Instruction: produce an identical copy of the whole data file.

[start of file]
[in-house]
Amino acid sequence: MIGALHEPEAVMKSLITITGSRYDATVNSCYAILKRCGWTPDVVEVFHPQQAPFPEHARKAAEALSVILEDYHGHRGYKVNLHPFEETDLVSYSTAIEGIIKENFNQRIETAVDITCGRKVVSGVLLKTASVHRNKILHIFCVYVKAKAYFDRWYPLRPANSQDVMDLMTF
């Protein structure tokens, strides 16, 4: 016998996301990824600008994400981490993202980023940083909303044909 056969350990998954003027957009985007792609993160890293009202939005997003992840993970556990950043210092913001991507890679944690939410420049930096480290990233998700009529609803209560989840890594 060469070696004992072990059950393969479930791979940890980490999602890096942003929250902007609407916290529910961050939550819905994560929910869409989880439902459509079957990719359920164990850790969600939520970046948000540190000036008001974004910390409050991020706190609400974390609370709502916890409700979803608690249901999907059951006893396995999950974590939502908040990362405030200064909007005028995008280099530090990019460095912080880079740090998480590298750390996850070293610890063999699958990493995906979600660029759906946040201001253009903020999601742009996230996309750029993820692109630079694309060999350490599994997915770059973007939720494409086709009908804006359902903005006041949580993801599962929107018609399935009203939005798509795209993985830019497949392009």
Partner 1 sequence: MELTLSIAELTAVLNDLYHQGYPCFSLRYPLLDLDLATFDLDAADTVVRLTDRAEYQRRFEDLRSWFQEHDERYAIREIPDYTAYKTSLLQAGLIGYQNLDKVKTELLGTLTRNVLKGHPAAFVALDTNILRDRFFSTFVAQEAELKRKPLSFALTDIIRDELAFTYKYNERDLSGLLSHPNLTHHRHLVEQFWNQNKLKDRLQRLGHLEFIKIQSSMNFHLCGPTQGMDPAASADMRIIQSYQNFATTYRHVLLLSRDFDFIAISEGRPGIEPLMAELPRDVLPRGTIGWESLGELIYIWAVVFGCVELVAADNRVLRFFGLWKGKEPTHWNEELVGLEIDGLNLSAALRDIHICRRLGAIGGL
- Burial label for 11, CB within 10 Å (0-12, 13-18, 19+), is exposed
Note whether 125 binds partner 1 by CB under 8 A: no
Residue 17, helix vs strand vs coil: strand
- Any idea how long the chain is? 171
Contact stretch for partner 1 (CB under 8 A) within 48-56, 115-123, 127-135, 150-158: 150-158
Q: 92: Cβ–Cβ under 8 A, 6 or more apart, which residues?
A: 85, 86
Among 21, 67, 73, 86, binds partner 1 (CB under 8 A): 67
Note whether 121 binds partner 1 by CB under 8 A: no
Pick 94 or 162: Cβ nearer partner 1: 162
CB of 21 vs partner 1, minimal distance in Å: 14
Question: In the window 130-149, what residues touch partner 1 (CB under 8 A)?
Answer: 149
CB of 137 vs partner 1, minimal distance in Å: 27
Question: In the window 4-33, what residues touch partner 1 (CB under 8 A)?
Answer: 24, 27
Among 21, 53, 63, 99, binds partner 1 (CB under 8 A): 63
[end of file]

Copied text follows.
[in-house]
Amino acid sequence: MIGALHEPEAVMKSLITITGSRYDATVNSCYAILKRCGWTPDVVEVFHPQQAPFPEHARKAAEALSVILEDYHGHRGYKVNLHPFEETDLVSYSTAIEGIIKENFNQRIETAVDITCGRKVVSGVLLKTASVHRNKILHIFCVYVKAKAYFDRWYPLRPANSQDVMDLMTF
């Protein structure tokens, strides 16, 4: 016998996301990824600008994400981490993202980023940083909303044909 056969350990998954003027957009985007792609993160890293009202939005997003992840993970556990950043210092913001991507890679944690939410420049930096480290990233998700009529609803209560989840890594 060469070696004992072990059950393969479930791979940890980490999602890096942003929250902007609407916290529910961050939550819905994560929910869409989880439902459509079957990719359920164990850790969600939520970046948000540190000036008001974004910390409050991020706190609400974390609370709502916890409700979803608690249901999907059951006893396995999950974590939502908040990362405030200064909007005028995008280099530090990019460095912080880079740090998480590298750390996850070293610890063999699958990493995906979600660029759906946040201001253009903020999601742009996230996309750029993820692109630079694309060999350490599994997915770059973007939720494409086709009908804006359902903005006041949580993801599962929107018609399935009203939005798509795209993985830019497949392009």
Partner 1 sequence: MELTLSIAELTAVLNDLYHQGYPCFSLRYPLLDLDLATFDLDAADTVVRLTDRAEYQRRFEDLRSWFQEHDERYAIREIPDYTAYKTSLLQAGLIGYQNLDKVKTELLGTLTRNVLKGHPAAFVALDTNILRDRFFSTFVAQEAELKRKPLSFALTDIIRDELAFTYKYNERDLSGLLSHPNLTHHRHLVEQFWNQNKLKDRLQRLGHLEFIKIQSSMNFHLCGPTQGMDPAASADMRIIQSYQNFATTYRHVLLLSRDFDFIAISEGRPGIEPLMAELPRDVLPRGTIGWESLGELIYIWAVVFGCVELVAADNRVLRFFGLWKGKEPTHWNEELVGLEIDGLNLSAALRDIHICRRLGAIGGL
- Burial label for 11, CB within 10 Å (0-12, 13-18, 19+), is exposed
Note whether 125 binds partner 1 by CB under 8 A: no
Residue 17, helix vs strand vs coil: strand
- Any idea how long the chain is? 171
Contact stretch for partner 1 (CB under 8 A) within 48-56, 115-123, 127-135, 150-158: 150-158
Q: 92: Cβ–Cβ under 8 A, 6 or more apart, which residues?
A: 85, 86
Among 21, 67, 73, 86, binds partner 1 (CB under 8 A): 67
Note whether 121 binds partner 1 by CB under 8 A: no
Pick 94 or 162: Cβ nearer partner 1: 162
CB of 21 vs partner 1, minimal distance in Å: 14
Question: In the window 130-149, what residues touch partner 1 (CB under 8 A)?
Answer: 149
CB of 137 vs partner 1, minimal distance in Å: 27
Question: In the window 4-33, what residues touch partner 1 (CB under 8 A)?
Answer: 24, 27
Among 21, 53, 63, 99, binds partner 1 (CB under 8 A): 63